Self-Isolation Fosters a Different Kind of Video Gaming


I loved board games as a kid. The competition, the feel of the dice in your hands, the angry siblings turning over the Risk board after their attack on Kamchatka utterly failed … ah, good times.

Truth be told, I still love me some good old-fashioned gameplay. My family and I are gamers—board gamers, that is. Even though my kids are grown, we all enjoy stringing trains together for Ticket to Ride or building cities in Settlers of Catan. And sometimes we invite some friends over, too.

Or, at least, we used to.

In this age of coronavirus isolation, get-togethers are often prohibited or discouraged. I’ve not had my grown children over for a game night for weeks now. Even a simple game of Go Fish is filled with peril. (“Do you have any 3s? And if you do, did you disinfect them thoroughly?”)

But as fellow Plugged In writer Bob Hoose mentioned during a recent podcast, a real-life disease need not keep you from curing the fake ones in Pandemic. We can still play games with each other—even if those games take a bit of a different twist.

Bob says that he and his family have been playing video games via Zoom. And you can see how it’d be pretty simple and satisfying for many games. Say you want to play a little Monopoly with people scattered about the city or country. You set up a “home board” that can keep track of all the moves. Players, if they have their own sets of Monopoly, can roll their own dice and count their own money if they wish (and if they’re deemed trustworthy enough). Or the “home” gamer can track everything. As long as your bandwidth holds up, you can play a full game with nary a hitch—right down to the moment you land on a hotel-encrusted Boardwalk for the fourth time and mortgage all your property.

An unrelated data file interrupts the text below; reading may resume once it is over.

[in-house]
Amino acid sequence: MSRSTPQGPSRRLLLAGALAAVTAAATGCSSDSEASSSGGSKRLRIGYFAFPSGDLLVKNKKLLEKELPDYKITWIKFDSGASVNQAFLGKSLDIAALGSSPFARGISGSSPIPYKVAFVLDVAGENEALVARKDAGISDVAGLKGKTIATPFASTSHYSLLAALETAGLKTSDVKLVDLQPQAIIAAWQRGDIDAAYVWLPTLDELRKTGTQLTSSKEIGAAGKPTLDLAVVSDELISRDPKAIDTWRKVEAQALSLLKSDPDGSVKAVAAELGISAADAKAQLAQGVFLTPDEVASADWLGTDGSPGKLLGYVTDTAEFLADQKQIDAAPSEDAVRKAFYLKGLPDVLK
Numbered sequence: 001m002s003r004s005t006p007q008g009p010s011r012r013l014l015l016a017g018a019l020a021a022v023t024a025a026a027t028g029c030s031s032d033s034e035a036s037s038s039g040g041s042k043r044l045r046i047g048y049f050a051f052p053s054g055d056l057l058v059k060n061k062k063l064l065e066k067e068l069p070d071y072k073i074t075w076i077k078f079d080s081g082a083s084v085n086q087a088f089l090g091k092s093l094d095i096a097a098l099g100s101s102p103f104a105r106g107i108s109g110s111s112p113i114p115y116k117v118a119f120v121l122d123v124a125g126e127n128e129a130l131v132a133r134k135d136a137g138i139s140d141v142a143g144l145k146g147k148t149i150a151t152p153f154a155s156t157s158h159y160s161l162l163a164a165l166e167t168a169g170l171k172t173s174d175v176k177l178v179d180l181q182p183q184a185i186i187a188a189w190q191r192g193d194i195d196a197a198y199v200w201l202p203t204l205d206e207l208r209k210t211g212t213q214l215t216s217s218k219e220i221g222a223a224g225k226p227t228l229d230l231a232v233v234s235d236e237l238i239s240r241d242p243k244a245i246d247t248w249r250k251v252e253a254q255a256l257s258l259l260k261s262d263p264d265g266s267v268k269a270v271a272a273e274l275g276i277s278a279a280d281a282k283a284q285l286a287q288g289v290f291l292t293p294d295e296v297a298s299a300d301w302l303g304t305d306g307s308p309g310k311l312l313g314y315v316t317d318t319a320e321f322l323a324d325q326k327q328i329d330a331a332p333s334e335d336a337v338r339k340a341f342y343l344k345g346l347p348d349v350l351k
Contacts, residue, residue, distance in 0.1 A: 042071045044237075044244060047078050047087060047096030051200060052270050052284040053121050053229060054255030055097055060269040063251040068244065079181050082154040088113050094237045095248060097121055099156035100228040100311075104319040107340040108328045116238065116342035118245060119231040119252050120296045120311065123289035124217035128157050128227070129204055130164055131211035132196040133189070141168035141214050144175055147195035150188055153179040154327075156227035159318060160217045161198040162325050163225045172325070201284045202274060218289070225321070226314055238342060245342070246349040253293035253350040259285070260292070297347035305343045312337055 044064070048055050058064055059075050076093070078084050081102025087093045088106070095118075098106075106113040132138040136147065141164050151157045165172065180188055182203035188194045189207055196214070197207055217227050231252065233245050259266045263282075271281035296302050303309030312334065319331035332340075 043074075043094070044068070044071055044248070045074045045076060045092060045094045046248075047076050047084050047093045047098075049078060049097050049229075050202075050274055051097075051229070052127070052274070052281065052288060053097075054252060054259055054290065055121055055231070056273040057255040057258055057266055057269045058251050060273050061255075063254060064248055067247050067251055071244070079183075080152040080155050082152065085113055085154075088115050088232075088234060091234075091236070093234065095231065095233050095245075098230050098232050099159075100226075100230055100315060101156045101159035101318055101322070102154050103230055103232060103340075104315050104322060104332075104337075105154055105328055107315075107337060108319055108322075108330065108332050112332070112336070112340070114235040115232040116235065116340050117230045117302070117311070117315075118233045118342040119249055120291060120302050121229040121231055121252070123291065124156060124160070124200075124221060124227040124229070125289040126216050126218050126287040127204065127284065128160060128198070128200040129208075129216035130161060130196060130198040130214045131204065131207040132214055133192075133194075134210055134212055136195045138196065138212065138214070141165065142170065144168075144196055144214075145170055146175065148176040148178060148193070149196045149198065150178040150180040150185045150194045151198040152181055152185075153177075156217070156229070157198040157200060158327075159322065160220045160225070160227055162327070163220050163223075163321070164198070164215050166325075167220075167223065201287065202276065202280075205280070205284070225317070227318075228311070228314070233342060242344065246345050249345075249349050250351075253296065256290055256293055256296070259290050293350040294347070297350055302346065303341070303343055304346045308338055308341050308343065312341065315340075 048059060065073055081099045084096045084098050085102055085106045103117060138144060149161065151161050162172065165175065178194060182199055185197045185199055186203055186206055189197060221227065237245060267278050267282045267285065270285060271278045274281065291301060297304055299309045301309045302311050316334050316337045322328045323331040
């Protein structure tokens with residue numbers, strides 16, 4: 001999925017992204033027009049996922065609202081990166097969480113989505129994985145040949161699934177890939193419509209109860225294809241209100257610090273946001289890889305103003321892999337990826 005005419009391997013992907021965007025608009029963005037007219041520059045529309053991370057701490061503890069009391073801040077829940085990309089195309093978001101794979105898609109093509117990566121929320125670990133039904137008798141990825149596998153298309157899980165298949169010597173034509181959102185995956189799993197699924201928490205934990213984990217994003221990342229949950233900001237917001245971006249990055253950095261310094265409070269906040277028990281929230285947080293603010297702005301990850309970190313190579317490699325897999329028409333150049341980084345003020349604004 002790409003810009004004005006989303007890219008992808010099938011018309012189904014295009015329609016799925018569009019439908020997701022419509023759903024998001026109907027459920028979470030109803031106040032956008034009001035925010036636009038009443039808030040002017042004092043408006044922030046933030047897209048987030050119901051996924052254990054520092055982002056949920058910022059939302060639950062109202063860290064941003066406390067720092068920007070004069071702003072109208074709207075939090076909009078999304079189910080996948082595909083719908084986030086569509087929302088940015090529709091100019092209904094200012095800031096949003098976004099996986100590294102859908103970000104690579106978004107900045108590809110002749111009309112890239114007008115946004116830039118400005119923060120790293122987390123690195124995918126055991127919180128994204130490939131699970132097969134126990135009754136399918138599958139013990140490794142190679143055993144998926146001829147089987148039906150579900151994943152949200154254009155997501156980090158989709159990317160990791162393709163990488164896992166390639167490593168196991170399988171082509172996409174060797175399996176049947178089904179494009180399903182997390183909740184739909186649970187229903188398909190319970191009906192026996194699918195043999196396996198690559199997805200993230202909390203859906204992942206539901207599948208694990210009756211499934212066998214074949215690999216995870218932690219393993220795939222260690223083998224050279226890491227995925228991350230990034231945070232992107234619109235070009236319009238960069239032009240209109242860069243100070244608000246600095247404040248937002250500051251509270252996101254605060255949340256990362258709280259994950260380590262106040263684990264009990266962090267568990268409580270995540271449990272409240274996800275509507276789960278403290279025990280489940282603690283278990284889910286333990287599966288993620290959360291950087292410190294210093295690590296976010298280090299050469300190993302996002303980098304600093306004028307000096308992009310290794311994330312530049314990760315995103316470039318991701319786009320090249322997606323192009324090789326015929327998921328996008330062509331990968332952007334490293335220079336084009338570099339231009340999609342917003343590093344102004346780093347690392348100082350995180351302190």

Lots of games can work just as well. Chess would be a snap. Scrabble would be splendiforous. Catan would be quite doable, as long as no one’s too concerned with keeping their cards a secret.

Then, again,  Lots of games encourage secrets. It’d be markedly more difficult to play Ticket to Ride or Clue using social chatting platforms like Zoom. But have no fear. Many popular board games also have online versions that you can play with friends and family, be they across the street or across the world. Ticket to Ride (one of my personal favorites) has loads of online “boards” you can play. Want to help your friends during the red planet a little less … deadly? Terraforming Mars can be played online, too. These games can be found and purchased online, often straight through your app store. Steam, a popular gaming platform, has scads of board games available. Tabletopia says it has more than 800 board games available—some of which you can play for free.

Clearly, even during these difficult times, a board gamer need not be a bored gamer. It’s not quite like getting together in the flesh to march your mice around the board in Mousetrap or shout “You’re 100% wrong!” in Dilbert: The Board Game. But it’s as close as some of us can get these days.

And hey, if a critical part of gameplay in your family is peevishly knocking the board over, you even have a service that allows for that, too.

Ain’t technology great?

Who wrote this?

Paul Asay has been writing for Plugged In since 2007 and loves superheroes and finding God in unexpected places. In addition, Paul has also written several books, with his newest—Burning Bush 2.0—recently published by Abingdon Press. When Paul’s not reviewing movies, he hikes with his wife, Wendy, runs marathons with his grown kids, Colin and Emily, and beats back unruly houseplants. Follow him on Twitter @AsayPaul.

Have something to say? Leave a comment.